WASPs: A Case For Equal Rights
Women Airforce Service Pilots. In a long overdue ceremony, the WASPs were awarded the Congressional Gold Medal on July 1, 2009. What? You’ve never heard of them? Not too surprising, since their records were classified and sealed for 35 years.
I’ve always had a strong affinity for capable people. Those who see a need they can fill, do it well, and without whining. World War II women had these qualities in spades. As more and more of the male workforce enlisted to serve overseas, the women at home stepped up to fill the gap. This was a two-pronged approach, since the Allies’ efforts depended as much on battlefield confrontations as it did on industrial production. When else had any of these women previously worked in a factory, in a ship building yard, in DC government jobs, played on the All American Girls Professional Baseball League, or flown military craft? During the war, nineteen million women worked on the home front.
As early as 1942, women were ferrying planes for the US Airforce. The predecessor groups were combined on August 5, 1943 into the
Women Airforce Service Pilots. These remarkable women ferried planes, performed test flights on refurbished planes, towed targets for live ammunition practice, and taught their male counterparts to fly.
1078 earned their wings. 38 died during missions. They did not get medals. Their families didn’t get a gold star to put in their windows. They did not get flags put on their coffins. They did not even get free transport home. Their families and female co-pilots footed the bills to send these fallen heroes home. They were considered civil servants, and didn’t receive the military benefits that their students were given.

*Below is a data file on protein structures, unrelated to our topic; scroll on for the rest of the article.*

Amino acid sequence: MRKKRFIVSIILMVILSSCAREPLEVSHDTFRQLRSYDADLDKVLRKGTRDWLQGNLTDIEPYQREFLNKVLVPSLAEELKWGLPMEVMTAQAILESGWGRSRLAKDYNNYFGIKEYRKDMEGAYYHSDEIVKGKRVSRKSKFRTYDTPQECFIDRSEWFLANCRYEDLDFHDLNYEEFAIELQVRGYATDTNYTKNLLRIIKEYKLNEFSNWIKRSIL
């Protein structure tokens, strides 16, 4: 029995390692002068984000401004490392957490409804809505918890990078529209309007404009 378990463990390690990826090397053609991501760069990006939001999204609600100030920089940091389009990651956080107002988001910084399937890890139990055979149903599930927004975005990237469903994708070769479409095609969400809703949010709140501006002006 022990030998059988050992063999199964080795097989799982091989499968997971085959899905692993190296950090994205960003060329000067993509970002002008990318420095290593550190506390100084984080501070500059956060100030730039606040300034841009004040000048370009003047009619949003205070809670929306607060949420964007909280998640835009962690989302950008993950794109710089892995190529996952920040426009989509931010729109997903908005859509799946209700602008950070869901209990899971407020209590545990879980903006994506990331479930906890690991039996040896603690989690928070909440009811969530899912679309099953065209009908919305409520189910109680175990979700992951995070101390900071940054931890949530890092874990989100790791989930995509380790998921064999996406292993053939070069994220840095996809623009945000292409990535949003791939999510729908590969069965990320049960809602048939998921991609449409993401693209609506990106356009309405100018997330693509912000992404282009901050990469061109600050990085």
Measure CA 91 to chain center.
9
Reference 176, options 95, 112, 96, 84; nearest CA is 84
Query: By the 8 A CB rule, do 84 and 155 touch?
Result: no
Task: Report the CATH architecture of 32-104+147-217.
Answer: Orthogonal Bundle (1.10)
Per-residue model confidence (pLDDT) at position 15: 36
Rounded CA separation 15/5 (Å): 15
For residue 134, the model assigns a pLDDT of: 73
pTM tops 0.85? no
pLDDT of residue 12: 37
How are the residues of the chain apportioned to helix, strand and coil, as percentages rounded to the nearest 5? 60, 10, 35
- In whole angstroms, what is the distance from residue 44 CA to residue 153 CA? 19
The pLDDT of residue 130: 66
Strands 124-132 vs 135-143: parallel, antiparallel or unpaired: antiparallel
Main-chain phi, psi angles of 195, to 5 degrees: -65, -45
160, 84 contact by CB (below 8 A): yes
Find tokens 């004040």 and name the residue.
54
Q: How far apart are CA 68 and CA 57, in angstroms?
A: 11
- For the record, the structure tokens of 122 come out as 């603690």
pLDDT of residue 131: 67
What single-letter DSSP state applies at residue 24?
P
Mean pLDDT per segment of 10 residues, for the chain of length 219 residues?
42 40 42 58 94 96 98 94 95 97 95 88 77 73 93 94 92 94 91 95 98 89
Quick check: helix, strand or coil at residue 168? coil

This is the stuff of dreams. But I never heard any of this in my US History classes. With the draft looming, civilian male pilots lobbied against a House bill to give the WASPs military status. The bill was narrowly defeated in June 1944. In December, the WASPs were disbanded. Their history was classified, and the records were sealed for thirty five years. It wasn’t until 1977 that the WASPs were accorded full military status. It wasn’t until the first of this month, with Nicole Malachowski (first female Thunderbird) as a White House fellow, that the bill was introduced and signed, to give the WASPs the Congressional Gold Medal (be sure to listen to the interview), and the recognition that they so fully deserve.
After the war, as the men started trickling back, women again took a professional back seat. Witness the 50’s and 60’s. But it’s hard to stuff women back into a bottle. Today women account for nearly 60% of college enrollment. Professionally, women are found in nearly every niche of the job market that men are. Oh, it’s not perfect, not by a long shot. But it’s getting better.